According to Dr. Marshall Shepherd, the former head of the American Meteorological Society, California’s drought and harsh winter weather might be due to climate change. While it is impossible to attribute a single storm to climate change, the overall weather patterns across the United States are changing as the oceans warm. The extreme weather conditions in the west and the heat in Alaska are related to global warming. At the same time, California drought bears a striking resemblance to the atmospheric pattern predicted. He believes that scientific study already suggests that the loss of ice has allowed extra heat to escape from the Arctic into the atmosphere in the fall and early winter, disturbing weather patterns over vast distances. This has made extreme weather events of all kinds more likely in the Northern Hemisphere, possibly including winter extremes like the cold blasts hitting the east coast recently.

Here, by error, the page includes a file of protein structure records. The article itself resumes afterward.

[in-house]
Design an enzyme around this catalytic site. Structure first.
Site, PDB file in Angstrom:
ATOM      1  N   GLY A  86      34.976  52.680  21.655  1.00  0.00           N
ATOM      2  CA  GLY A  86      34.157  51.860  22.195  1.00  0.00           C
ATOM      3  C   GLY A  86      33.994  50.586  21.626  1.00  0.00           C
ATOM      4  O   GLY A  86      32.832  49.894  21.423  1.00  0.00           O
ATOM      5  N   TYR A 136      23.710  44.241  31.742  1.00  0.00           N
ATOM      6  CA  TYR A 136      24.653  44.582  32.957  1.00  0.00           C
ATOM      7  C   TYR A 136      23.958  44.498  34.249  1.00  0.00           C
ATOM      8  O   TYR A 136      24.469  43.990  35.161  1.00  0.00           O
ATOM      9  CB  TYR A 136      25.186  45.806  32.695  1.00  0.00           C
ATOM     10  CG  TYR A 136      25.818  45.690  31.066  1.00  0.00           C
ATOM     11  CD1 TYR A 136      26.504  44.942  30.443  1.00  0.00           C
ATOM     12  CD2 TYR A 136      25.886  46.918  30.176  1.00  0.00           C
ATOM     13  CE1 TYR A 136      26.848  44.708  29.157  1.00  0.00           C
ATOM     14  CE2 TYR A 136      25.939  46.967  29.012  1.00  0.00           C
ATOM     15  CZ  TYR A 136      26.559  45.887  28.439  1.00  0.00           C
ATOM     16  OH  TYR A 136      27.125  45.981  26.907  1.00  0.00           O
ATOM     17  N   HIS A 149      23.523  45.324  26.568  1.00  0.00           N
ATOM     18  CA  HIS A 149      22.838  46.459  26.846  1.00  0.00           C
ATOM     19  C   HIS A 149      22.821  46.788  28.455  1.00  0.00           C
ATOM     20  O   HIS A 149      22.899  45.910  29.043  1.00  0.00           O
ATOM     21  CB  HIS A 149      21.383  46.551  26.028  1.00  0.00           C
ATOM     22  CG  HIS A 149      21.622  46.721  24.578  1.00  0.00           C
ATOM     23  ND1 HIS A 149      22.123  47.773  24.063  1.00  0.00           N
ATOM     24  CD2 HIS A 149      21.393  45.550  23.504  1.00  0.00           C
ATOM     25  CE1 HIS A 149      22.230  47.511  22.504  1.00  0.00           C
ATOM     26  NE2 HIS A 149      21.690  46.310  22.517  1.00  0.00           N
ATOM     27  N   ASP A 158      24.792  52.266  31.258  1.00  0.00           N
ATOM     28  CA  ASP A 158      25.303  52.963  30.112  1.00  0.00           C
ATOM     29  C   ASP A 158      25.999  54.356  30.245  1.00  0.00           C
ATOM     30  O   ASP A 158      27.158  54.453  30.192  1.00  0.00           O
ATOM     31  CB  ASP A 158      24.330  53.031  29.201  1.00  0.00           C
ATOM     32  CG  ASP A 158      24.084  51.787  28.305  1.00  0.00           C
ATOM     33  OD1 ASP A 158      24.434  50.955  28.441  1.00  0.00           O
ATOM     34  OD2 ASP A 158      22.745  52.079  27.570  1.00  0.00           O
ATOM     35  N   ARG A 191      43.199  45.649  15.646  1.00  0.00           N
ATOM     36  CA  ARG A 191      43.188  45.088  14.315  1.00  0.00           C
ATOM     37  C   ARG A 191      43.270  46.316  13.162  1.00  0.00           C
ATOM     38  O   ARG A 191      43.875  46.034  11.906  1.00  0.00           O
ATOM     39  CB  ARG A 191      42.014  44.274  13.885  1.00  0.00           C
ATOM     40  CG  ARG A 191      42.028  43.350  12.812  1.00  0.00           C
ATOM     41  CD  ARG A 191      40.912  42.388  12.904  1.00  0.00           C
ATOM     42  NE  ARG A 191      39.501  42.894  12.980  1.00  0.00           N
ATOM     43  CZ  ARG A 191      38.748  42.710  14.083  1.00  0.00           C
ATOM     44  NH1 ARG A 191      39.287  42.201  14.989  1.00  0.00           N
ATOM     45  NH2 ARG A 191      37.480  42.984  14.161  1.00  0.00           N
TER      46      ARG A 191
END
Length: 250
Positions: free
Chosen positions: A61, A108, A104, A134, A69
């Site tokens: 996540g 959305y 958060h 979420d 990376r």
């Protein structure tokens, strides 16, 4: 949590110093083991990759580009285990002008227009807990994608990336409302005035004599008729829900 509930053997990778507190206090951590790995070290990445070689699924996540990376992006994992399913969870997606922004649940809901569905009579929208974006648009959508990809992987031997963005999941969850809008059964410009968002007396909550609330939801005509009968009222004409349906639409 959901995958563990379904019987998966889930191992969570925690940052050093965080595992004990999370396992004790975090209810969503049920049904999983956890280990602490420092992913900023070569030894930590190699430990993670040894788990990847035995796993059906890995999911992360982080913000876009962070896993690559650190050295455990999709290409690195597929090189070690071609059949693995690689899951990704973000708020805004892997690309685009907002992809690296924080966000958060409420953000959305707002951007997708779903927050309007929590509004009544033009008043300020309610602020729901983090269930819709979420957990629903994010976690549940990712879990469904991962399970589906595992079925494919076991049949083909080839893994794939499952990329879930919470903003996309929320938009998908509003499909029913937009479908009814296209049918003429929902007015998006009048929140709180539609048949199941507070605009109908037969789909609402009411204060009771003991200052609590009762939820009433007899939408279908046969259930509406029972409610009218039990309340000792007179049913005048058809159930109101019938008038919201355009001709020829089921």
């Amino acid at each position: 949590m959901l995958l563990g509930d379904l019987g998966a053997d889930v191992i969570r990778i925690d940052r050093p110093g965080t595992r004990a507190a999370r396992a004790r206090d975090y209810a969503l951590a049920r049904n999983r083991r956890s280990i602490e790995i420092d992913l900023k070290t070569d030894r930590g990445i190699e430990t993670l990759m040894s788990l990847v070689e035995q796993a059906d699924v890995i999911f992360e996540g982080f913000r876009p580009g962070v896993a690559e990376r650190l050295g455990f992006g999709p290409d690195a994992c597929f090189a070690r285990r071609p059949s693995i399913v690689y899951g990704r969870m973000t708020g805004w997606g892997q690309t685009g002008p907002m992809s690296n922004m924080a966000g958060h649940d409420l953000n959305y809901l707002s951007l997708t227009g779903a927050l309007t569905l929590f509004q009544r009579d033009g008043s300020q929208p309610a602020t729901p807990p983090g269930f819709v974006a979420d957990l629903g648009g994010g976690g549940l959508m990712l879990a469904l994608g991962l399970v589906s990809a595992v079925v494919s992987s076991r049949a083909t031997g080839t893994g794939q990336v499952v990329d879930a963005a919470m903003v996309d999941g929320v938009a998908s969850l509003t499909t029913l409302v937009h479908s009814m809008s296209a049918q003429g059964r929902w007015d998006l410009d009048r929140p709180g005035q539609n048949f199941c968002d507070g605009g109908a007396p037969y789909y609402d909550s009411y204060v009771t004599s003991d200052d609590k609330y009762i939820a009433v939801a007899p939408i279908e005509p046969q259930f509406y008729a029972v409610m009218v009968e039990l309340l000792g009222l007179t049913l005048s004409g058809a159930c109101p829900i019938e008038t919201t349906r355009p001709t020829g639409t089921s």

Shepherd claims that the United States has been under high pressure resulting to snowpacks that allow cold air to ooze down into the country causing the succession of winter storms. This pattern is not broken in the high and low pressure systems of the jet streams, but it can be affected by the amplified warming due to global warming. There is also a likelihood that climate change causes the west to dry out, by the arrival of more dry air from the tropics. Furthermore, increasing temperatures caused by climate change make the water from the oceans to expand. This contributes to an increase in sea level that rise rapidly and affect the low-lying coastal areas such as Oklahoma with hurricanes and tornadoes. He further says that human activities are contributing to this issue and that policy makers should decide on how to deal with it (CBS, 2014).
CBS. (2014, February 16). Are Calif. drought, harsh winter weather due to climate change? Retrieved from the web. CBS Videos: <http://www.cbsnews.com/videos/are-california-drought-harsh-winter-weather-due-to-climate-change/>